Diplomats and Middle East experts cautioned that cease-fire agreements are precarious things, even as the deal between Hamas and Israel was reached on Thursday.
As the near-simultaneous announcements were made late Thursday, sirens sounded in Israeli towns bordering the Gaza Strip, indicating that militants were continuing to fire rockets.
After announcing the agreement on Thursday, Prime Minister Benjamin Netanyahu’s office warned that “the reality on the ground will determine the continuation of the campaign.”
Similarly, a Hamas spokesman, Taher al-Nono, said on Thursday, “the Palestinian resistance will abide by this agreement as long as the occupation abides by it.”
No immediate violations were reported after the cease-fire began officially at 2 a.m. local time Friday.
Officially, Israel denied earlier this week that cease-fire negotiations were taking place or that a deal was imminent, but that may have been a tactic designed to put pressure on Hamas.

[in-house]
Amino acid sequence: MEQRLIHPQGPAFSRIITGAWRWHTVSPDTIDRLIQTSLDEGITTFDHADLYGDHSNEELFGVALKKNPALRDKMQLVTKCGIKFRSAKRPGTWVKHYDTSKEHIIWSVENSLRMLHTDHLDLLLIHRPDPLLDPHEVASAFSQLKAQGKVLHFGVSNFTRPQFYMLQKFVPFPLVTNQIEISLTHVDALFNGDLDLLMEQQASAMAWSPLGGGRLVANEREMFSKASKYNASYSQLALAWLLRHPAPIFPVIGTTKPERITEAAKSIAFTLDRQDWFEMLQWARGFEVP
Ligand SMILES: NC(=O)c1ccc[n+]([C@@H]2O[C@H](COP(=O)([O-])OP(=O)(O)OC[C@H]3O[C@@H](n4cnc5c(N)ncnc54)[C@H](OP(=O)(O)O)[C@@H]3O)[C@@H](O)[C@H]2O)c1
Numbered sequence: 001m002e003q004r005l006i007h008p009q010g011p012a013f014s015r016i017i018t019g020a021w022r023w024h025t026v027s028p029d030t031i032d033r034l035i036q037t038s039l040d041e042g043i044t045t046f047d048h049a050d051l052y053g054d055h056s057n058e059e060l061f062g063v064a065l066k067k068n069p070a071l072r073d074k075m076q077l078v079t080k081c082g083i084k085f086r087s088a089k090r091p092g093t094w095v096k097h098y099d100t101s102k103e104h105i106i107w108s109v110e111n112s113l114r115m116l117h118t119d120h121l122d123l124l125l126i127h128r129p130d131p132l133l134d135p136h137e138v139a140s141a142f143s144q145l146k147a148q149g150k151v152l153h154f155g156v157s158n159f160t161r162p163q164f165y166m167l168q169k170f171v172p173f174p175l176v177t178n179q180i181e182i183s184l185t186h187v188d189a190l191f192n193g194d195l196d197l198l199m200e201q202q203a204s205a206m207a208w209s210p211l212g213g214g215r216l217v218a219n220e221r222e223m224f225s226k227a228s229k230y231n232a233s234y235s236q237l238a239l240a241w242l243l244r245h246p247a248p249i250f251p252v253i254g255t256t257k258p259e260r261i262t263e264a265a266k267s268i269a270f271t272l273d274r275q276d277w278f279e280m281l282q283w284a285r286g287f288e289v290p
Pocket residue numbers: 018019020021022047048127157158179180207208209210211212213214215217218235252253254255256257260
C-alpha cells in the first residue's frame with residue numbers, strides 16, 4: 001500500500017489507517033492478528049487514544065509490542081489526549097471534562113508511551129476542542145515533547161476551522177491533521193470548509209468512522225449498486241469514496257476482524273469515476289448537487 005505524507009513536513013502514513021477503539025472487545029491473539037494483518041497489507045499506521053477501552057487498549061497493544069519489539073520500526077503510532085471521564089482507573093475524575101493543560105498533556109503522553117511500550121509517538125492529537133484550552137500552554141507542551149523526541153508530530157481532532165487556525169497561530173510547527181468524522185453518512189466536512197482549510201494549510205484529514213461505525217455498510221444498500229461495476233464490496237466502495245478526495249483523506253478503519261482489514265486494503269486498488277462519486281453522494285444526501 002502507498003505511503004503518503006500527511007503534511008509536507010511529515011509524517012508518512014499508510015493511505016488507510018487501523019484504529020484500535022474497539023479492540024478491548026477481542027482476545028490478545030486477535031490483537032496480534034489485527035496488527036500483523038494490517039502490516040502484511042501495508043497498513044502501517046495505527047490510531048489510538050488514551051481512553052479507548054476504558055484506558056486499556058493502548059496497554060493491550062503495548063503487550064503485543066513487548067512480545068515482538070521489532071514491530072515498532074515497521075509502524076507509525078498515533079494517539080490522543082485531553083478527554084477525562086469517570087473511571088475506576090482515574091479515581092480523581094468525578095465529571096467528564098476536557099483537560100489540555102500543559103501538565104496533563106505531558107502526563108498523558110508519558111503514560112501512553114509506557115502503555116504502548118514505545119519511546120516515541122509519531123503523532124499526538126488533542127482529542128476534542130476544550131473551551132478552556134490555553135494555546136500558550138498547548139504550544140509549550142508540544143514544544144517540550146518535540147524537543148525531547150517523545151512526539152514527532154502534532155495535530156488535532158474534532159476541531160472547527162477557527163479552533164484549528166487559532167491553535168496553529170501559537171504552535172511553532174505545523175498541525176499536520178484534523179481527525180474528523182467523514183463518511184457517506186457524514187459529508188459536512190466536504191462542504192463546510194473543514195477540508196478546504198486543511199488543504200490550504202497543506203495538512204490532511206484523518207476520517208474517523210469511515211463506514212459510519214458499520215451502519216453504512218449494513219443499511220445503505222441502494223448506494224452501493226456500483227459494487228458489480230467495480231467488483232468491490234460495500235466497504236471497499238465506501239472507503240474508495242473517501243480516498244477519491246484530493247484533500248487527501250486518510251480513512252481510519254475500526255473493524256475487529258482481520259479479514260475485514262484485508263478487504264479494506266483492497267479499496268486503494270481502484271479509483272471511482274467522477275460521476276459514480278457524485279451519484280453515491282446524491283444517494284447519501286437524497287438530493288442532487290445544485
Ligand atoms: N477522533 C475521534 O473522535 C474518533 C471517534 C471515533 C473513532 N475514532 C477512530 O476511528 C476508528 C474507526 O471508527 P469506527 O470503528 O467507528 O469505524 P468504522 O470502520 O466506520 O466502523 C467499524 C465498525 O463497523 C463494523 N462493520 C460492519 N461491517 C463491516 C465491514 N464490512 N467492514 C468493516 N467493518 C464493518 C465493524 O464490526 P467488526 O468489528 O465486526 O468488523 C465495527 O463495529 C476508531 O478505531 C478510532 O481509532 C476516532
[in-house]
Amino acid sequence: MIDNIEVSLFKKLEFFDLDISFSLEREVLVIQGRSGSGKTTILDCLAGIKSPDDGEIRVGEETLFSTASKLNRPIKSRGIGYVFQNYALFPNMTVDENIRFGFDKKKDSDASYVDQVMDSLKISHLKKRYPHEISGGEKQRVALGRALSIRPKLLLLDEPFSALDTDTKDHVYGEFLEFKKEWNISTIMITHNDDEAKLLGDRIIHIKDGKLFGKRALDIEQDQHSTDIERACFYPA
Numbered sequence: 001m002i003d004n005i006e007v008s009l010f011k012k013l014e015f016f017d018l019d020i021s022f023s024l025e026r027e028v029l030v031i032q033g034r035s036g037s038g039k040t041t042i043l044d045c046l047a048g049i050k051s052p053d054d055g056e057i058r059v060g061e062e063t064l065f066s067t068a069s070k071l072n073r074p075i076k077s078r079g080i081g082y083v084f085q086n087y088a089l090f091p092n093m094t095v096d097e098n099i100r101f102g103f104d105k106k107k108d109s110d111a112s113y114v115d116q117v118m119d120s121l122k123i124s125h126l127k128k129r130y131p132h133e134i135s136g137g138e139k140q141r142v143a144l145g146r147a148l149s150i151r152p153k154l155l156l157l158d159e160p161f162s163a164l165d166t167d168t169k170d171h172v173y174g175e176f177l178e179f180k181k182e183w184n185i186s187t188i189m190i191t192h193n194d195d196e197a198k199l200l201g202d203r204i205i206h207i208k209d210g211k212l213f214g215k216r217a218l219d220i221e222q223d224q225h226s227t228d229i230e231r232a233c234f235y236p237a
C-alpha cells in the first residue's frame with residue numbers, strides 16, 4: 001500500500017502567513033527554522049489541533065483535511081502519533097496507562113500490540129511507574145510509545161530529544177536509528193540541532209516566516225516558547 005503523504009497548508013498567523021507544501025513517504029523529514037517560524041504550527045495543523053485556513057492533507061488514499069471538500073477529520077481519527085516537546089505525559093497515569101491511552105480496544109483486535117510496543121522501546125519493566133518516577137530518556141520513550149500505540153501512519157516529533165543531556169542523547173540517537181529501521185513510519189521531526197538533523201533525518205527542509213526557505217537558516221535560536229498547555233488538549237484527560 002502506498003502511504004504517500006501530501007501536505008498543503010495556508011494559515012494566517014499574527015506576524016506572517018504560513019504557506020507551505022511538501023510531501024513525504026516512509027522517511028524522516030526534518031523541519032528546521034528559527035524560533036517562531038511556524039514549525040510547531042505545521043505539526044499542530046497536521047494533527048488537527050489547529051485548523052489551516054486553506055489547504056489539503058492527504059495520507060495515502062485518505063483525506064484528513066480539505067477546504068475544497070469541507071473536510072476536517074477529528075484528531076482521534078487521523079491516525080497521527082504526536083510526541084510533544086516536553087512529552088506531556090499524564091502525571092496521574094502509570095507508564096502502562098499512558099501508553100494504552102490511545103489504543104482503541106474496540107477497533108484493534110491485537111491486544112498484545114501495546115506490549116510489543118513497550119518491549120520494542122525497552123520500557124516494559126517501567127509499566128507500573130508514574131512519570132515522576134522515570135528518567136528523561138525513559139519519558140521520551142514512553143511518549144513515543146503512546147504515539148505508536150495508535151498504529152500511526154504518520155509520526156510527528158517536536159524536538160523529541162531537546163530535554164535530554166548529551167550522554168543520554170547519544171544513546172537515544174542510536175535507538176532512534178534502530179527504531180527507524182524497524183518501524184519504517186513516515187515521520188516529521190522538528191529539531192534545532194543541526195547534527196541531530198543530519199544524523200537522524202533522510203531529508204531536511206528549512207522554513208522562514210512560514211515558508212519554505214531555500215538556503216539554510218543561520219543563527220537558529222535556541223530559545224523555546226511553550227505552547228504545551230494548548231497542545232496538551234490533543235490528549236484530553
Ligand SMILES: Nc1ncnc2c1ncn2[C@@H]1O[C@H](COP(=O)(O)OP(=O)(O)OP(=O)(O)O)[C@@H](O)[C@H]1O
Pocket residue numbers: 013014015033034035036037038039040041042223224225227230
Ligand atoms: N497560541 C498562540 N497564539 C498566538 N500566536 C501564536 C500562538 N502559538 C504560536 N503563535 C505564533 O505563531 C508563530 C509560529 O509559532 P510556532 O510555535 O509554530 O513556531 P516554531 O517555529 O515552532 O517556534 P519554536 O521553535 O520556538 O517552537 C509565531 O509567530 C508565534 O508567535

The senior Israeli representative in the negotiations — which Egypt helped coordinate — has been the national security adviser, Meir Ben-Shabbat, who is considered close to Mr. Netanyahu.
The two senior Hamas figures involved in the negotiations have close ties to Egyptian intelligence.
The Egyptians have sometimes had trouble contacting senior Hamas officials, who have often fled underground and ceased using electronic devices because they fear Israeli attempts to kill them.